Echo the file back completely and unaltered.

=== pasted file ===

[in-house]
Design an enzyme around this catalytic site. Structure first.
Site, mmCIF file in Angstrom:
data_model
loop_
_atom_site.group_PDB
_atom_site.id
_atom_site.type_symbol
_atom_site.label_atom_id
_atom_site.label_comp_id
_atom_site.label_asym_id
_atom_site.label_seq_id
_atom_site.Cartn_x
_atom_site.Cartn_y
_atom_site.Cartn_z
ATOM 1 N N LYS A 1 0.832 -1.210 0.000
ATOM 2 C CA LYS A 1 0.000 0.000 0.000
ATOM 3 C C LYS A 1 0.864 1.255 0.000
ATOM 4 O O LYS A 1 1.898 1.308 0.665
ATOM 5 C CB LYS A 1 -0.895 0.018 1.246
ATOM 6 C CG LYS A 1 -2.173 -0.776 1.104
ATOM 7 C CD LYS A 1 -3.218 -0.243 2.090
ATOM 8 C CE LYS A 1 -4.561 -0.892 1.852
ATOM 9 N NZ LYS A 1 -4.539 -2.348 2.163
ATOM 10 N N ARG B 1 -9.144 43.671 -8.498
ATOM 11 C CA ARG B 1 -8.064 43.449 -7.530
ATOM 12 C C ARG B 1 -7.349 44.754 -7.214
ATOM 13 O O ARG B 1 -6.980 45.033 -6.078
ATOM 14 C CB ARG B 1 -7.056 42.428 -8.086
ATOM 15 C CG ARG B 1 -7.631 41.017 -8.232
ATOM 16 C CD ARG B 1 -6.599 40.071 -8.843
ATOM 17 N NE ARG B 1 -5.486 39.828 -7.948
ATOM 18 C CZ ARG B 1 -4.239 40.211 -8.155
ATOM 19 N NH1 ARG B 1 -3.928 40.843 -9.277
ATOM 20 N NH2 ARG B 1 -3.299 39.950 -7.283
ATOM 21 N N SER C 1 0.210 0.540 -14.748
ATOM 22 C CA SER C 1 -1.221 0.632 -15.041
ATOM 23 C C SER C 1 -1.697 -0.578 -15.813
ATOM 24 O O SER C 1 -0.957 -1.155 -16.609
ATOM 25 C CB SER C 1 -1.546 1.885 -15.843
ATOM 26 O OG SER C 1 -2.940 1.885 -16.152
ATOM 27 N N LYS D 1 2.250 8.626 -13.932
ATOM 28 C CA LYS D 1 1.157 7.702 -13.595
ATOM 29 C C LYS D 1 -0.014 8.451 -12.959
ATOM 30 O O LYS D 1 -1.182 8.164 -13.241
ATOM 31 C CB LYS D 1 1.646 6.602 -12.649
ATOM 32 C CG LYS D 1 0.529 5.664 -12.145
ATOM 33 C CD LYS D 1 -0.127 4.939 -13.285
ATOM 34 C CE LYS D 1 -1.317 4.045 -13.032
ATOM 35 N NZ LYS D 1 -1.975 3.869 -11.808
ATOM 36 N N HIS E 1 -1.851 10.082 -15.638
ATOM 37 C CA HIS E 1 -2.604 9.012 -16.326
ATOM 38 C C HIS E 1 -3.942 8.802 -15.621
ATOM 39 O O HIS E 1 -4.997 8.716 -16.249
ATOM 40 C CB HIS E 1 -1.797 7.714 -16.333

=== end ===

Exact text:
[in-house]
Design an enzyme around this catalytic site. Structure first.
Site, mmCIF file in Angstrom:
data_model
loop_
_atom_site.group_PDB
_atom_site.id
_atom_site.type_symbol
_atom_site.label_atom_id
_atom_site.label_comp_id
_atom_site.label_asym_id
_atom_site.label_seq_id
_atom_site.Cartn_x
_atom_site.Cartn_y
_atom_site.Cartn_z
ATOM 1 N N LYS A 1 0.832 -1.210 0.000
ATOM 2 C CA LYS A 1 0.000 0.000 0.000
ATOM 3 C C LYS A 1 0.864 1.255 0.000
ATOM 4 O O LYS A 1 1.898 1.308 0.665
ATOM 5 C CB LYS A 1 -0.895 0.018 1.246
ATOM 6 C CG LYS A 1 -2.173 -0.776 1.104
ATOM 7 C CD LYS A 1 -3.218 -0.243 2.090
ATOM 8 C CE LYS A 1 -4.561 -0.892 1.852
ATOM 9 N NZ LYS A 1 -4.539 -2.348 2.163
ATOM 10 N N ARG B 1 -9.144 43.671 -8.498
ATOM 11 C CA ARG B 1 -8.064 43.449 -7.530
ATOM 12 C C ARG B 1 -7.349 44.754 -7.214
ATOM 13 O O ARG B 1 -6.980 45.033 -6.078
ATOM 14 C CB ARG B 1 -7.056 42.428 -8.086
ATOM 15 C CG ARG B 1 -7.631 41.017 -8.232
ATOM 16 C CD ARG B 1 -6.599 40.071 -8.843
ATOM 17 N NE ARG B 1 -5.486 39.828 -7.948
ATOM 18 C CZ ARG B 1 -4.239 40.211 -8.155
ATOM 19 N NH1 ARG B 1 -3.928 40.843 -9.277
ATOM 20 N NH2 ARG B 1 -3.299 39.950 -7.283
ATOM 21 N N SER C 1 0.210 0.540 -14.748
ATOM 22 C CA SER C 1 -1.221 0.632 -15.041
ATOM 23 C C SER C 1 -1.697 -0.578 -15.813
ATOM 24 O O SER C 1 -0.957 -1.155 -16.609
ATOM 25 C CB SER C 1 -1.546 1.885 -15.843
ATOM 26 O OG SER C 1 -2.940 1.885 -16.152
ATOM 27 N N LYS D 1 2.250 8.626 -13.932
ATOM 28 C CA LYS D 1 1.157 7.702 -13.595
ATOM 29 C C LYS D 1 -0.014 8.451 -12.959
ATOM 30 O O LYS D 1 -1.182 8.164 -13.241
ATOM 31 C CB LYS D 1 1.646 6.602 -12.649
ATOM 32 C CG LYS D 1 0.529 5.664 -12.145
ATOM 33 C CD LYS D 1 -0.127 4.939 -13.285
ATOM 34 C CE LYS D 1 -1.317 4.045 -13.032
ATOM 35 N NZ LYS D 1 -1.975 3.869 -11.808
ATOM 36 N N HIS E 1 -1.851 10.082 -15.638
ATOM 37 C CA HIS E 1 -2.604 9.012 -16.326
ATOM 38 C C HIS E 1 -3.942 8.802 -15.621
ATOM 39 O O HIS E 1 -4.997 8.716 -16.249
ATOM 40 C CB HIS E 1 -1.797 7.714 -16.333